AIMS
  • We will strive to create a positive climate in which pupil's self esteem is nurtured and misbehavior becomes a less attractive way to gain attention.
  • DPS has such an environment where effective teaching and learning can take place.
  • Everyone will work together to encourage good behaviour.
  • A high level of parental involvement is encouraged and expected.
  • We will work closely with other agencies to ensure that children with complex needs and difficulties, and their families are given appropriate support.
DEALING WITH INAPPROPRIATE BEHAVIOUR:
Our five simple school rules are
  • I will walk and talk quietly in our school
  • I will be helpful and polite to everyone
  • I will look at and listen to people who are talking to me
  • I will look after everything in our school
  • I will always try my best in everything I do Minor rule breaking will be ignored. Members of staff will provide attention to those who are behaving correctly. When pupils have to be reminded of the rules, this will be done quietly and calmly with the aim of getting the pupil back on task as soon as possible. The inappropriate behaviour will be criticized, not the child.
Discipline
School Rules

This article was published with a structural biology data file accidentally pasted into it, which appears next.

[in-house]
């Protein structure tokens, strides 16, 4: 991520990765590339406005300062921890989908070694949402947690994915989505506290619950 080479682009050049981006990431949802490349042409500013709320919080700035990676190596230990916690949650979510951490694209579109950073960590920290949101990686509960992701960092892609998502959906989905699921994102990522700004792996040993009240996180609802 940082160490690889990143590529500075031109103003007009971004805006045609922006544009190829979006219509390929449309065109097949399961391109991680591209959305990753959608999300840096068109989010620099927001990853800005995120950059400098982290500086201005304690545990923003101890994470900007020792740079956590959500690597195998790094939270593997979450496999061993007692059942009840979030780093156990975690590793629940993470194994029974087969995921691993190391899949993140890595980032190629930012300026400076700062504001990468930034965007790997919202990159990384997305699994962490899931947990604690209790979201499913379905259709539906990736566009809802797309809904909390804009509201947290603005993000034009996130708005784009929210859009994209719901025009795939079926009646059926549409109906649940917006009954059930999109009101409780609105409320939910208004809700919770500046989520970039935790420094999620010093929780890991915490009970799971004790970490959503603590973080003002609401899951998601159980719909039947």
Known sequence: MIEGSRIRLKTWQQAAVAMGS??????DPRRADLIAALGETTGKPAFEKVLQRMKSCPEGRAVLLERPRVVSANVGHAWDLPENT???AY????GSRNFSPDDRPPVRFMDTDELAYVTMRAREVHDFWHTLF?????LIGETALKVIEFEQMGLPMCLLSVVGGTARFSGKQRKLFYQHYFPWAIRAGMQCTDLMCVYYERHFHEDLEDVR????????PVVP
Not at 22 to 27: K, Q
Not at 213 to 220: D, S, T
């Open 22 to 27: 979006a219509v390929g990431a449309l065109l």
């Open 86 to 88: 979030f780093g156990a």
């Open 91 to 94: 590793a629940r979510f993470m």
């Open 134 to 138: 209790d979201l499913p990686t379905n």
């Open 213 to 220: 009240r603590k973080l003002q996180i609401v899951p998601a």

All children new to the school, should be aware that the social environment may be very different to that at home. Large numbers of children working and playing together necessitate the imposition of rules of behaviour to ensure the safety and well-being of each individual. Thus, while there exists no official list of regulations, each child is, for example, expect to be polite to other pupils and visitors; exercise tolerance in relationship with peers; be prepared to offer, assistance when and where it is needed; exercise initiative and show respect for others (adults and children). Children should also be receptive to the school's efforts to develop his or her own esteem. From time to time it will be necessary for the teacher to issue instructions which may need to be acted upon promptly without question and the child should understand that, in such circumstances, the member of staff is acting either for the pupil's own benefit or with the general welfare of the school in mind. Thus, although corporal punishment has been prohibited in country schools and voluntary controlled schools since September 1986, standards of discipline are high and other punishments of a non-physical nature may be imposed in cases of regular failure to comply with the school's code of behaviour the child's parents will be informed of the situation. They may subsequently be invited to attend a meeting with the Principal in order to determine how the parents may best support the school's efforts to maintain the good standard of discipline for which the school is renowned.